Bodyweight chest exercises

Bodyweight chest exercises

Bodyweight Chest Exercises: 7 Exercises For A Bigger Chest

Man in the straight bar dip portion of a muscle-up

If you’re looking for a curated list of the best bodyweight chest exercises, then you are in the right place.

In this article we have presented what we consider to be the best bodyweight exercises for your chest muscles, their regressions, and how to perform them.

This way you can add them to your chest workout routine and safely do them, regardless of your level.

Let's get started.

Bodyweight chest exercises

Man performing dips as one of his chest exercises

The chest, triceps and anterior deltoid are all pushing muscles.

In fact, the chest is the largest pushing muscle in our entire body.

Therefore, in this article, we’ll address the main pushing movements in bodyweight fitness: the push-up, dips, and their variations.

Whenever you are doing a chest exercise the triceps and anterior deltoid will also engage to some extent.

Push-ups

Man performing close grip push-ups on a ledge

The push-up is one of the best bodyweight chest exercises thanks to the several variations you can do.

These are, in our opinion, the best variations in order from beginner to intermediate.

  1. Regular push-up
  2. Wide push-up
  3. Diamond push-up
  4. Pseudo planche push-up

Form checklist:

  1. Keep a straight line from your head to your heels.

    Push through your shoulders to prevent the chest from sagging.

    Tilt your pelvis backward and squeeze your butt tight to form a straight line at the hips.
  2. Do not flare the elbows to the sides.

    Keep your elbows close to your body at all times.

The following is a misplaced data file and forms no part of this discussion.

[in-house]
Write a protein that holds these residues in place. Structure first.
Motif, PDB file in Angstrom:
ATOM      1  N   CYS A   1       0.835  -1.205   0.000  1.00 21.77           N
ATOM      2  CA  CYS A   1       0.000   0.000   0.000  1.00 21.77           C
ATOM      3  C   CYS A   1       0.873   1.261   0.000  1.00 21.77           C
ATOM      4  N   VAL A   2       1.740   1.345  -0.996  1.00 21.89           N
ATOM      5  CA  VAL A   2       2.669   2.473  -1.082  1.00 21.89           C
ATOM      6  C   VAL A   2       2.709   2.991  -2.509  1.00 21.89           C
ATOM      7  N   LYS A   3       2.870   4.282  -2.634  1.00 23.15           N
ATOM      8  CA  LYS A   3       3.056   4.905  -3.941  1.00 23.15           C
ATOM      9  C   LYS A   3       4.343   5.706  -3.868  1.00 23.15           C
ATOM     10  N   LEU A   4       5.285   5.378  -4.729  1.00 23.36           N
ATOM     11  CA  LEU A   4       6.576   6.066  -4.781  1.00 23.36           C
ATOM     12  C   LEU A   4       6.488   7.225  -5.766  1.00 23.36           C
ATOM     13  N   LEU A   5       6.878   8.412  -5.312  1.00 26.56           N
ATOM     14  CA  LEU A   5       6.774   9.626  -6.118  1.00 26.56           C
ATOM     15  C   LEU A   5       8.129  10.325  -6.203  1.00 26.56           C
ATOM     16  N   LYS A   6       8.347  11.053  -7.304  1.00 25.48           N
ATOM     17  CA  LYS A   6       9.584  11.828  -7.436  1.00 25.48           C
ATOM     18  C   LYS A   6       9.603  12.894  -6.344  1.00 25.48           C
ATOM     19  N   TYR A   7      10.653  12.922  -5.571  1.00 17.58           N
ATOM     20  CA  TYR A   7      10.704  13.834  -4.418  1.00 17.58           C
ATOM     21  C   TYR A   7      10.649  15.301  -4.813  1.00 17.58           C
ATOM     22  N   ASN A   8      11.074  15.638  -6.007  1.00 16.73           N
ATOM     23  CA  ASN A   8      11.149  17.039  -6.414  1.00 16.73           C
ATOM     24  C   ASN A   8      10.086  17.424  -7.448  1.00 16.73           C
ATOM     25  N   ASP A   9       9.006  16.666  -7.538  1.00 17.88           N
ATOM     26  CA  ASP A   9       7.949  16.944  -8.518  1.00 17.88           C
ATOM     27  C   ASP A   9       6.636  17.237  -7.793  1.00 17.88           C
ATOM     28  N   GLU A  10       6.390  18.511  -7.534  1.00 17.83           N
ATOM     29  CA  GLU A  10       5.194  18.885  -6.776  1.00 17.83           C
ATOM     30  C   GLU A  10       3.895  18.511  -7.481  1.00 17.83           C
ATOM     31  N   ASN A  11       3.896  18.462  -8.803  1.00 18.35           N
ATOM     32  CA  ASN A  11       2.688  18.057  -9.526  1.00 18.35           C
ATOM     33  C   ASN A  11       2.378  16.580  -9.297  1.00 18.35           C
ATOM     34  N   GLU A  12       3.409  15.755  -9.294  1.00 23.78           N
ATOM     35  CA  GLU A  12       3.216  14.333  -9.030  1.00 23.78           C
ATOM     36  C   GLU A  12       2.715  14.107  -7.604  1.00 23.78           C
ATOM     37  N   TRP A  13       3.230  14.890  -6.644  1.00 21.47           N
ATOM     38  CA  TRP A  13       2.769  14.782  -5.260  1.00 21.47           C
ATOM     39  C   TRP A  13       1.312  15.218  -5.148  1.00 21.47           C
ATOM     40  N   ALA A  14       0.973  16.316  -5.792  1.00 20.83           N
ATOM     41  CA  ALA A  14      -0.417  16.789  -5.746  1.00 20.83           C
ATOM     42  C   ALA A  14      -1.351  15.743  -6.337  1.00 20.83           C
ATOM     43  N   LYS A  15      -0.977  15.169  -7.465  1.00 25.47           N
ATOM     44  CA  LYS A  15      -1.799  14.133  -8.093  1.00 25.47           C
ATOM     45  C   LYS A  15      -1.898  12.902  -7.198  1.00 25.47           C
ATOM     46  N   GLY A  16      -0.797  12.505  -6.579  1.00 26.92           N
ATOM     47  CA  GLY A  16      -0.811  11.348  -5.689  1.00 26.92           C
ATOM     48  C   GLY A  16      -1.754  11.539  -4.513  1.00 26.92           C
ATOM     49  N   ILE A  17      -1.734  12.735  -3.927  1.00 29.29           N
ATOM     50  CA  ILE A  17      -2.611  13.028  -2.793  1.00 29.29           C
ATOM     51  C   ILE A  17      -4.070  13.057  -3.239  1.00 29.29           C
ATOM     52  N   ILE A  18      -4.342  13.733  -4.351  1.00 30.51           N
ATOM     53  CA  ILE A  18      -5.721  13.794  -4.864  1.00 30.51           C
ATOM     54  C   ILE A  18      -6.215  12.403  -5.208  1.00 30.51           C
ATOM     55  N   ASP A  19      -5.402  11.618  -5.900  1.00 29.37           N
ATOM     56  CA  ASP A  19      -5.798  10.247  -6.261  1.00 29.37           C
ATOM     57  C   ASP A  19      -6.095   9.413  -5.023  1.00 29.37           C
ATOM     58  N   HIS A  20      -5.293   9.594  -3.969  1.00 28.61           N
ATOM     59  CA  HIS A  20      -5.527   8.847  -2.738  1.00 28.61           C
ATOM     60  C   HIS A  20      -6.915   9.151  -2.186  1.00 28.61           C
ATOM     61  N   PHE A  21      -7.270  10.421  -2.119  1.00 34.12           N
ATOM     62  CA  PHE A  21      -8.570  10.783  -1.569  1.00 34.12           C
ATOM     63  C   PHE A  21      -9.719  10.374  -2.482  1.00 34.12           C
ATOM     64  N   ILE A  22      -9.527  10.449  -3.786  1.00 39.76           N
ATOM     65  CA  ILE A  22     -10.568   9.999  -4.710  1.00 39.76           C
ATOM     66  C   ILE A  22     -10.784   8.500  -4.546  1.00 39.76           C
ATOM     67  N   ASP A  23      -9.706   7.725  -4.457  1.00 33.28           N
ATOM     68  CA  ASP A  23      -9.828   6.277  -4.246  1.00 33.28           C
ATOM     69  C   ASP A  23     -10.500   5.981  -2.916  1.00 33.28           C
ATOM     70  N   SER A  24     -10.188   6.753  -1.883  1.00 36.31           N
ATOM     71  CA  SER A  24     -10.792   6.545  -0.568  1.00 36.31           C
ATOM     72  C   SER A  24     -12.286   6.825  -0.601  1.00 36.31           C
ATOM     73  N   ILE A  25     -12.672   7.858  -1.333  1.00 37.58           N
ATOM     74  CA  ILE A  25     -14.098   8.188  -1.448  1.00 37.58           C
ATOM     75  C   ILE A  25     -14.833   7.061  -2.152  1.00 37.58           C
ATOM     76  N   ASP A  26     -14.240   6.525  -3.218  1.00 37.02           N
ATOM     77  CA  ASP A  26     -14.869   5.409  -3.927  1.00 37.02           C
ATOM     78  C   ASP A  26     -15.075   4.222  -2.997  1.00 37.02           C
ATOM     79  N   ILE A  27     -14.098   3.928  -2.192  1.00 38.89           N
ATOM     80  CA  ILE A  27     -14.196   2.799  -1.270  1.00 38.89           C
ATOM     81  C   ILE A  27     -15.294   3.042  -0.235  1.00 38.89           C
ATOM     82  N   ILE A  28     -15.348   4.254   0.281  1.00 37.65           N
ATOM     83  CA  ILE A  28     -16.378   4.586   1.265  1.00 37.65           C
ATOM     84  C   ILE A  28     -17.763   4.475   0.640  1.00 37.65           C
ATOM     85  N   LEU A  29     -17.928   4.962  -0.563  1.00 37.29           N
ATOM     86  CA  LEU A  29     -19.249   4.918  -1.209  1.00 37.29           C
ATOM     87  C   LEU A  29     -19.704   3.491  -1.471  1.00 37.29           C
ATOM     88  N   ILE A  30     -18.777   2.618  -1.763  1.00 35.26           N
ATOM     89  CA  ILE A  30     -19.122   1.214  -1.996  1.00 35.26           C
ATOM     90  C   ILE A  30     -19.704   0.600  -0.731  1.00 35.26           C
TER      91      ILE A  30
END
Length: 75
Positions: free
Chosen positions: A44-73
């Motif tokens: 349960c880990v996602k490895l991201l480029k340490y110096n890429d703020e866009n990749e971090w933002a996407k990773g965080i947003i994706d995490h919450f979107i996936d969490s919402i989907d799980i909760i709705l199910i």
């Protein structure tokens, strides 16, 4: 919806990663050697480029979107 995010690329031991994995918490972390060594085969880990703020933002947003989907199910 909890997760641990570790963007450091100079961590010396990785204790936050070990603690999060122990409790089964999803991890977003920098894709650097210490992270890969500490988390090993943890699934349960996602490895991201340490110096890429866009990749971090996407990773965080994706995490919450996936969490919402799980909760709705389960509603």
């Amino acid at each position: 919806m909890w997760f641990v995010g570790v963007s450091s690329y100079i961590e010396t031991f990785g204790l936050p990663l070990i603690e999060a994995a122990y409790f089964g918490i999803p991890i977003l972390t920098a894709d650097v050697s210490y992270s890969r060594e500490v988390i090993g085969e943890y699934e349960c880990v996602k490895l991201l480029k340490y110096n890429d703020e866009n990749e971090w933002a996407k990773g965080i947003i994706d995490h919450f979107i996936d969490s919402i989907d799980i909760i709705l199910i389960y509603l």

3. Do not cheat the range of motion.

    Go down until your chest is close to touching the floor, then push back up until your elbows are fully locked.

1. Regular push-up

Athlete doing one of the best bodyweight chest exercises, the push-up

The regular push-up is the easiest  variation, in relation to the ones we’ll be presenting in this article.

If you can't do a push-up yet, check this article.

How to do it:

  • Get in a high plank position with the hands shoulder-width apart, elbows fully locked and the shoulders right above the wrists.
  • Tilt the pelvis backward and squeeze your butt to engage the core.
  • Lower your body in a controlled manner until your chest toucher or barely touches the ground. However, do not rest your chest on the ground; as soon as it touches, push back up to the starting position.

Muscle focus:

The regular variation of the push-up will especially target the middle and inner chest.

The triceps and anterior deltoid are also trained. However, the focus is placed on the pectoralis major.

Recommendations:

After you’ve completed a repetition, we recommend squeezing the chest as much as possible in the top position.

When descending think about your chest and focus on how it contracts (mind-muscle connection).

2. Wide push up

Muscular athlete doing a bodyweight chest exercise - the push-up

The wide push-up is used by lots of people in the gym.

However, a common mistake is that they are placing their hands too far away, minimizing the range of motion.